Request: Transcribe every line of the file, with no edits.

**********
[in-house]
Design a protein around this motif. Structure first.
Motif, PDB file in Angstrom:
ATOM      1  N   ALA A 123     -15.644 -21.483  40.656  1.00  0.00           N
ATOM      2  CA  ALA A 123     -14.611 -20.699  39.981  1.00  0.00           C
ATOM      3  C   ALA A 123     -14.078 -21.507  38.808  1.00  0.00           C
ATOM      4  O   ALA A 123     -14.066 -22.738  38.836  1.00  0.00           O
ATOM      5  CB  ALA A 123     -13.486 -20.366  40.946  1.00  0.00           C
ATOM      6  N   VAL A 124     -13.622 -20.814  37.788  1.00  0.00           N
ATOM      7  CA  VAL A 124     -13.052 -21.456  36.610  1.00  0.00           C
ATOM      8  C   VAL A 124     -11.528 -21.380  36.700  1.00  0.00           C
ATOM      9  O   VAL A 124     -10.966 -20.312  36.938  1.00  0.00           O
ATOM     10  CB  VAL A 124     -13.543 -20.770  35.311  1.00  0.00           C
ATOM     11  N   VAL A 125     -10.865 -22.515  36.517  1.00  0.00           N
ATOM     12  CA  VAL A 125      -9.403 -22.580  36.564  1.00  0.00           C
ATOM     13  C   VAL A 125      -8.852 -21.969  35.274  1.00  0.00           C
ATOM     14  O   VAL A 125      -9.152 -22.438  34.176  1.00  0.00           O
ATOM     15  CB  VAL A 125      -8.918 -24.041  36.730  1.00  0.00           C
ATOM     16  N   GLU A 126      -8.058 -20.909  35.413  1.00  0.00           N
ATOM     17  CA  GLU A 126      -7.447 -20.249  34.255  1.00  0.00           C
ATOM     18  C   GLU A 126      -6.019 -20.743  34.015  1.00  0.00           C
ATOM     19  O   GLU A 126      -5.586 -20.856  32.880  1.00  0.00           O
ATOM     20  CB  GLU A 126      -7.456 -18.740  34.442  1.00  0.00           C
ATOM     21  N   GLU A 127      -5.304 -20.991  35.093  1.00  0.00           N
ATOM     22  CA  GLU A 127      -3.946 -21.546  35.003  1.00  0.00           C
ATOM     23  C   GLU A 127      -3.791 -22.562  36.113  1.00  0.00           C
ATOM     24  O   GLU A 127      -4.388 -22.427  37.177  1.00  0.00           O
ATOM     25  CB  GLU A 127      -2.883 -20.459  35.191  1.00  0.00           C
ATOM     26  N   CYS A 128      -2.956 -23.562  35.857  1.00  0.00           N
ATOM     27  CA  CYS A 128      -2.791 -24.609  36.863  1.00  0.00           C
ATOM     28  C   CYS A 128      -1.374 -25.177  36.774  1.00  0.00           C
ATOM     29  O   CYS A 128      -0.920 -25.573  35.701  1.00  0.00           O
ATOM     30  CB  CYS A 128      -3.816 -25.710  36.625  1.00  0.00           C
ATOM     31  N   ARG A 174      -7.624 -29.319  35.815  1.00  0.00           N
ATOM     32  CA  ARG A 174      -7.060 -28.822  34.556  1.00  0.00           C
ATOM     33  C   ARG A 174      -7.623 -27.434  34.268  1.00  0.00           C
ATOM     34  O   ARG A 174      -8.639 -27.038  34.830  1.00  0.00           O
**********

[in-house]
Design a protein around this motif. Structure first.
Motif, PDB file in Angstrom:
ATOM      1  N   ALA A 123     -15.644 -21.483  40.656  1.00  0.00           N
ATOM      2  CA  ALA A 123     -14.611 -20.699  39.981  1.00  0.00           C
ATOM      3  C   ALA A 123     -14.078 -21.507  38.808  1.00  0.00           C
ATOM      4  O   ALA A 123     -14.066 -22.738  38.836  1.00  0.00           O
ATOM      5  CB  ALA A 123     -13.486 -20.366  40.946  1.00  0.00           C
ATOM      6  N   VAL A 124     -13.622 -20.814  37.788  1.00  0.00           N
ATOM      7  CA  VAL A 124     -13.052 -21.456  36.610  1.00  0.00           C
ATOM      8  C   VAL A 124     -11.528 -21.380  36.700  1.00  0.00           C
ATOM      9  O   VAL A 124     -10.966 -20.312  36.938  1.00  0.00           O
ATOM     10  CB  VAL A 124     -13.543 -20.770  35.311  1.00  0.00           C
ATOM     11  N   VAL A 125     -10.865 -22.515  36.517  1.00  0.00           N
ATOM     12  CA  VAL A 125      -9.403 -22.580  36.564  1.00  0.00           C
ATOM     13  C   VAL A 125      -8.852 -21.969  35.274  1.00  0.00           C
ATOM     14  O   VAL A 125      -9.152 -22.438  34.176  1.00  0.00           O
ATOM     15  CB  VAL A 125      -8.918 -24.041  36.730  1.00  0.00           C
ATOM     16  N   GLU A 126      -8.058 -20.909  35.413  1.00  0.00           N
ATOM     17  CA  GLU A 126      -7.447 -20.249  34.255  1.00  0.00           C
ATOM     18  C   GLU A 126      -6.019 -20.743  34.015  1.00  0.00           C
ATOM     19  O   GLU A 126      -5.586 -20.856  32.880  1.00  0.00           O
ATOM     20  CB  GLU A 126      -7.456 -18.740  34.442  1.00  0.00           C
ATOM     21  N   GLU A 127      -5.304 -20.991  35.093  1.00  0.00           N
ATOM     22  CA  GLU A 127      -3.946 -21.546  35.003  1.00  0.00           C
ATOM     23  C   GLU A 127      -3.791 -22.562  36.113  1.00  0.00           C
ATOM     24  O   GLU A 127      -4.388 -22.427  37.177  1.00  0.00           O
ATOM     25  CB  GLU A 127      -2.883 -20.459  35.191  1.00  0.00           C
ATOM     26  N   CYS A 128      -2.956 -23.562  35.857  1.00  0.00           N
ATOM     27  CA  CYS A 128      -2.791 -24.609  36.863  1.00  0.00           C
ATOM     28  C   CYS A 128      -1.374 -25.177  36.774  1.00  0.00           C
ATOM     29  O   CYS A 128      -0.920 -25.573  35.701  1.00  0.00           O
ATOM     30  CB  CYS A 128      -3.816 -25.710  36.625  1.00  0.00           C
ATOM     31  N   ARG A 174      -7.624 -29.319  35.815  1.00  0.00           N
ATOM     32  CA  ARG A 174      -7.060 -28.822  34.556  1.00  0.00           C
ATOM     33  C   ARG A 174      -7.623 -27.434  34.268  1.00  0.00           C
ATOM     34  O   ARG A 174      -8.639 -27.038  34.830  1.00  0.00           O